Blog Team Design Prototypes Why Continuous Authentication

Week13 - Lemonade Stand

For our last sprint of the spring semester, we wanted to branch out of the avatar and online UI spaces into the physical realm. This final prototype tackled a question that has been niggling us since the first month:

How do people actually feel about their face being recorded in a physical store?

Since the digital avatar and web store examples were more digitally focused, we wanted to interrogate the physical store and consumers level of comfort while having their face “scanned” or video recorded during check out in person. We knew we couldn’t get authentic reactions from people just by showing them a storyboard, so we had to approximate the payment experience.

We created a Lemonade Stand that people could walk up to and act out paying. What is more brick-and-mortar than a lemonade stand?



The prototype we developed used a tablet POS system as the format, and we developed UI elements continuing with our fictitious ‘Mastercard Instant Checkout’ branding to elicit trust. While we provided free lemonade, we asked ‘shoppers’ to go through the payment process on the tablet. Once they selected “One glass of lemonade” from the menu there were three variations that we tested that users experienced:

Testing 3 different authentication flows

Live video feed - Successful authentication

1. Users see their face being recorded through live video on the merchant POS (an iPad tablet), and a confirmation animation plays letting the customer know that the payment was successful.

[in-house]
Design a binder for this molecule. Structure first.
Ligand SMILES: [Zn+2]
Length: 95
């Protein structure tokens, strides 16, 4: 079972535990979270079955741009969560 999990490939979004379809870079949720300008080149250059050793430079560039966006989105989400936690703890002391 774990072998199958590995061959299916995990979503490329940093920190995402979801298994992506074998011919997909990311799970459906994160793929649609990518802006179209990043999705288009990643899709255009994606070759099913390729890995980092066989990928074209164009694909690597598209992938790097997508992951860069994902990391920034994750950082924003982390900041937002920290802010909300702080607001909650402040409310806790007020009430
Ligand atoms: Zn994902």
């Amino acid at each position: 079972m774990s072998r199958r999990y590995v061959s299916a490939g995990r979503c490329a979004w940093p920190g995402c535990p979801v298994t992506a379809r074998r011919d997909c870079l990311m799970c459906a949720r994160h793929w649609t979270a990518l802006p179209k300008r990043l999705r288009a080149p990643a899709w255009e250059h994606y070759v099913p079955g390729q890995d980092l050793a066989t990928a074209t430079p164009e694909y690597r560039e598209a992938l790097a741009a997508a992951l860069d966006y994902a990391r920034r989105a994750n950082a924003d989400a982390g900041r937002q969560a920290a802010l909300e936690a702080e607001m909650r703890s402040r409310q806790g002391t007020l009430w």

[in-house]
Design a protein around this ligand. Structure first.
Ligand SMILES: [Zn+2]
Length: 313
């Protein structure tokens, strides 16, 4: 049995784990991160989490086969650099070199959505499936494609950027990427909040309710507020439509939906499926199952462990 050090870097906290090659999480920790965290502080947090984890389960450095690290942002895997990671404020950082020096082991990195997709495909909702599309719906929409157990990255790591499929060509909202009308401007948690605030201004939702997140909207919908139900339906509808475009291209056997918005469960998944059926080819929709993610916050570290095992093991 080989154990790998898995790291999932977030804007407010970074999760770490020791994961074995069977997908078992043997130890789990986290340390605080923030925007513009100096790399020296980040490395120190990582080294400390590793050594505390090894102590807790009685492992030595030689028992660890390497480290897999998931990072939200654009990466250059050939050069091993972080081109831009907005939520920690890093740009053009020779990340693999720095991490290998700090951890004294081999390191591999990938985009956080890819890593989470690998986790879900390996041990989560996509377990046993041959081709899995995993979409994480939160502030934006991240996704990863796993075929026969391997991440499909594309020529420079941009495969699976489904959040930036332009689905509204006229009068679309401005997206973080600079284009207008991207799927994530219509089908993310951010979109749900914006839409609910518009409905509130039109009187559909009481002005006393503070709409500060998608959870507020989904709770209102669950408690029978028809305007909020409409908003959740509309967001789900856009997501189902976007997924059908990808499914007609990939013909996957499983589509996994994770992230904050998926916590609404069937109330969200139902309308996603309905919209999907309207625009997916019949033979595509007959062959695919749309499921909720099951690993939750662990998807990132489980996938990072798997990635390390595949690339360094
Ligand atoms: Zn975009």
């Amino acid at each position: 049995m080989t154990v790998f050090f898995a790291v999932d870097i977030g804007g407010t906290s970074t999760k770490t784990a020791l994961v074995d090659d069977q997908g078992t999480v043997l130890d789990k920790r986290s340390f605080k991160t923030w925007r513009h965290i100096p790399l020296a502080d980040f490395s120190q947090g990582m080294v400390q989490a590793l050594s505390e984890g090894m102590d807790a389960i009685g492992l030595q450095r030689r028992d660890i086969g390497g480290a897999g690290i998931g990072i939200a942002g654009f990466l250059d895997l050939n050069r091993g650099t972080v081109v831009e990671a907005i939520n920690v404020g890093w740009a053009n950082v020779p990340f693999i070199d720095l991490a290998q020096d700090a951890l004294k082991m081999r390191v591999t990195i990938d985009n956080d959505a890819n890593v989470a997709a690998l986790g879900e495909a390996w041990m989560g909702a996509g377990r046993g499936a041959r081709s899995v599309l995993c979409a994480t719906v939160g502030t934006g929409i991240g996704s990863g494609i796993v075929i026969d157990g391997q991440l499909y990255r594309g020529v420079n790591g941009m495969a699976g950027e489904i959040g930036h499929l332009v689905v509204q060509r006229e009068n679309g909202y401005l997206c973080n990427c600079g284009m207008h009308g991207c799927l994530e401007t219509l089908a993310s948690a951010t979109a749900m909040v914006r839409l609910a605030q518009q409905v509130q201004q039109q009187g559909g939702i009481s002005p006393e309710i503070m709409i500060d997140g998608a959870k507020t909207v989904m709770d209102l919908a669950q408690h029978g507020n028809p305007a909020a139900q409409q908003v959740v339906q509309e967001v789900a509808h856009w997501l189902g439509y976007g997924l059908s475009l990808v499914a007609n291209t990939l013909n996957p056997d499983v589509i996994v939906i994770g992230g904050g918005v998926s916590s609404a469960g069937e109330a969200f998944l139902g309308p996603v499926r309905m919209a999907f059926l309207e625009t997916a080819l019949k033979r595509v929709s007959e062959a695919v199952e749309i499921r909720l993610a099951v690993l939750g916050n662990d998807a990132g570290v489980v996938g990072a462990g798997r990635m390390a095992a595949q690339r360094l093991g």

Live video feed - Failed authentication with phone push notification

2. Users see the same video recording but experience the failed state, where the trust score shows up low (~70%). We would then hand them a phone (they pretended it was their phone) that got a notification with a 4 digit passcode they had to enter on the merchant POS.



Video recording on the customer’s phone

3. Users received a notification on the phone we provided to enable facial capture. The front camera would turn on, and the user would see a similar animation to Option 1, confirming the user’s authenticity. The hypothesis with this method is that people may be more comfortable.



We tested these prototypes both during 90 minute user interviews, as well as on the street, where we conducted guerrilla research with dozens of people (with the incentive of free lemonade).

Some takeaways

Both methods provided some great findings from this prototype. Most people (8/13) has negative reactions to being video’d without their consent at the point of sale. Version 3, where it was recorded on their own phone, did assuage these discomforts. Many people seemed resigned and willing to provide their facial data to authenticate themselves if it becomes the new paradigm (“if I see other people doing it, I’ll do it too”). Overall, it seems like video recording could work for customers that opt-in, and feel added value in the form of ease or time-savings from the get-go.